2
$\begingroup$

Let there be a set of $P$ polynomial equations $f_j(x_1,x_2...x_V)=0$ where $1\leq j\leq P$. For each $f_j$ the coefficients are real and every variable goes up to degree $D$. It is also guaranteed that every root of every $f_j$ is guaranteed to be real.

If we want to numerically find a solution $\{X_1,X_2,..,X_V\}$ to the set of polynomials within accuracy $\varepsilon$, what is the $\mathcal{O}()$ cost for this? What's the computational cost?

The coefficients are real, irrational but efficiently calculable. I'm not sure how specific I can get, but they're fractions and square-roots.

For some reason I'm having trouble finding this answer; my advisor seems to think it should be very easy to find. If possible I'd really like to find a source for the information as well.

$\endgroup$
5
  • $\begingroup$ When you say "the coefficients are real" - what do you know about them? Rationals? Algebraic? Efficiently computable? Effectively computable? This information would affect the solution. $\endgroup$
    – Shaull
    Jun 25 at 17:56
  • $\begingroup$ @Shaull I have edited the question to include what I can. $\endgroup$ Jun 25 at 18:05
  • 1
    $\begingroup$ What do you mean "every root of every $f_j$ is real". Aren't these a set of simultaneous equations, and there are only a finite set of solutions if you consider them all at once? $\endgroup$ Jun 28 at 1:07
  • 1
    $\begingroup$ @PeterShor I am stumbling over my words. I mean that it's guaranteed that the solution $\{f_1(X_1,X_2...X_V)=0,f_2(X_1,X_2,...X_V)=0,...,f_P(X_1,X_2,...,X_V)=0\}$ etc can be found with entirely real values for $\{X_1, X_2, X_3...X_V\}$. $\endgroup$ Jun 28 at 17:41
  • $\begingroup$ @KenRobbins: that's what I thought you meant; I just wanted to be sure. $\endgroup$ Jun 28 at 18:18
5
$\begingroup$

If the coefficients are roots of rational numbers, then they are in particular algebraic numbers. This means that you can encode the coefficients as additional polynomial constraints. So overall, you're looking at a system of Diophantine equations (i.e., polynomials with integer coefficients).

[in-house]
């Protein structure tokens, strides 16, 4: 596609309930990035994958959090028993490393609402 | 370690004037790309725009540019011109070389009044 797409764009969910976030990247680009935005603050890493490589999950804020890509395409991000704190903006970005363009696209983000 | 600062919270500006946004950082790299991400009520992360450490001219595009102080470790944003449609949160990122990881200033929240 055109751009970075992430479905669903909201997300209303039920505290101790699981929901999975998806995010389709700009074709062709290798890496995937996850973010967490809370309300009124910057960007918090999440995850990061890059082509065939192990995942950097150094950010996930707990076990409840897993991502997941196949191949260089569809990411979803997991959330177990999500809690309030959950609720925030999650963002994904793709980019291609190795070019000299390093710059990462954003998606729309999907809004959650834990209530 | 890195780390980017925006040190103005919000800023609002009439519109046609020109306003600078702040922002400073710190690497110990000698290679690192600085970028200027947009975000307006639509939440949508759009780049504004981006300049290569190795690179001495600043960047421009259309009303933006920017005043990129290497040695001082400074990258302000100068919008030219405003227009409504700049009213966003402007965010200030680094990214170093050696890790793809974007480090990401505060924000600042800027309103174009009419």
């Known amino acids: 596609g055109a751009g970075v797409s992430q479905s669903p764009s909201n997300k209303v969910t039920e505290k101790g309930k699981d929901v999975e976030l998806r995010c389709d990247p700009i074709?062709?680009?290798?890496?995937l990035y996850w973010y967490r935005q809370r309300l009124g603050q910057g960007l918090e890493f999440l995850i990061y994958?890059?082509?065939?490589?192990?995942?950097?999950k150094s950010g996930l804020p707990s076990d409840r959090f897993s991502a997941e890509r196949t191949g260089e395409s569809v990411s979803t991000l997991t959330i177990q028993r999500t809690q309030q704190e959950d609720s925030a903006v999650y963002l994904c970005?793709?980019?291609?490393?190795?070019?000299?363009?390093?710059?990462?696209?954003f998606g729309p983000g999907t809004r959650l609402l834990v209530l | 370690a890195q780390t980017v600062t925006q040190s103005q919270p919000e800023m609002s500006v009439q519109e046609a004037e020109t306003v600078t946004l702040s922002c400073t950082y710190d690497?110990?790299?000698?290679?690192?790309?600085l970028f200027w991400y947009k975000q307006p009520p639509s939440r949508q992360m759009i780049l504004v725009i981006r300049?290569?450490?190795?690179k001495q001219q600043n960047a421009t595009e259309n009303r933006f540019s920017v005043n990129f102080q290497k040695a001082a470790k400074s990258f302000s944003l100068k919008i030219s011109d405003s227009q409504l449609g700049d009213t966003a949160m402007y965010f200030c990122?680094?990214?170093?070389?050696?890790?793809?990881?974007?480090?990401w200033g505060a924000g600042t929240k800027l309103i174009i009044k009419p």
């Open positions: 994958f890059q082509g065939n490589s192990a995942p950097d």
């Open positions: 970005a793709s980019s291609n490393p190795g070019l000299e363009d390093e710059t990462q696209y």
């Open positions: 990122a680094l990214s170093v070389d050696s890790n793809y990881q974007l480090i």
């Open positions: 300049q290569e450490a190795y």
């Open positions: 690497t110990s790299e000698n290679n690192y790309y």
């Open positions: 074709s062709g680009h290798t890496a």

The sets defined by such equations are known as algebraic varieties (and if you have inequalities -- semialgebraic sets).

There are several ways of finding points within the solution set of such a system. One general approach is to use Cylindrical Algebraic Decomposition (CAD), but its complexity is quite bad.

The problem can be solved (to my knowledge) in single-exponential time. See e.g., https://core.ac.uk/download/pdf/82147919.pdf

Note that by ``solving'' I mean finding the description of an algebraic point within the set of solutions. Then, approximating it to $\epsilon$ accuracy can be easily done using standard evaluation algorithms for algebraic numbers.

$\endgroup$
1
$\begingroup$

The problem is NP-hard. If you have $P$ polynomials, you can use them to encode 1-in-3 SAT.

Take an instance of 1-in-3 SAT. First, take the equations $x_i^2 = 1$ for each variable. This means all the variables must be either $\pm1$, ensuring that all solutions are real. Now, for all clause add the equation $x_i+x_j+x_k = -1$, where the clause contains variables $x_i$, $x_j$, and $x_k$. Now, every clause must contain exactly one $+1$ variable, which means there is a zero (or near-zero) of the polynomial if and only if there is a solution of the 1-in-3 SAT formula.

$\endgroup$
1
  • 1
    $\begingroup$ Can we do a reduction to the case of polynomials with the promise that there is at least one real root? $\endgroup$
    – Kaveh
    Jun 28 at 0:21
0
$\begingroup$

The answer below is incorrect.

The result about roots of polynomials is not for multivariate polynomials.


If I am not mistaken, I think it is poly time.

First, note that you can turn it into a single polynomial equation by squaring and summing them.

Now finding the roots of a polynomial whose coefficients are poly time computable is poly time computable.

For details, see Ker-I Ko's book "Complexity Theory of Real Functions".

$\endgroup$
4
  • $\begingroup$ Are you sure this holds for multivariate polynomials? They can have exponentially many roots. $\endgroup$
    – Shaull
    Jun 26 at 11:12
  • 1
    $\begingroup$ We don't need to find all of them, however I am not sure the theorem applied to multivariate polynomials, so you are probably right. $\endgroup$
    – Kaveh
    Jun 26 at 16:44
  • 1
    $\begingroup$ If you have $P$ polynomials, can't you use them to encode 1-in-3 SAT? First take all the equations $x_i^2=1$, so all the variables are either $-1$ or $1$. Then add the equations $x_i+x_j+x_k=-1$ for each clause. It's NP-hard. $\endgroup$ Jun 27 at 10:56
  • $\begingroup$ @Peter, that sounds right to me. Maybe post it as an answer? $\endgroup$
    – Kaveh
    Jun 27 at 13:25

Your Answer

By clicking “Post Your Answer”, you agree to our terms of service, privacy policy and cookie policy

Not the answer you're looking for? Browse other questions tagged or ask your own question.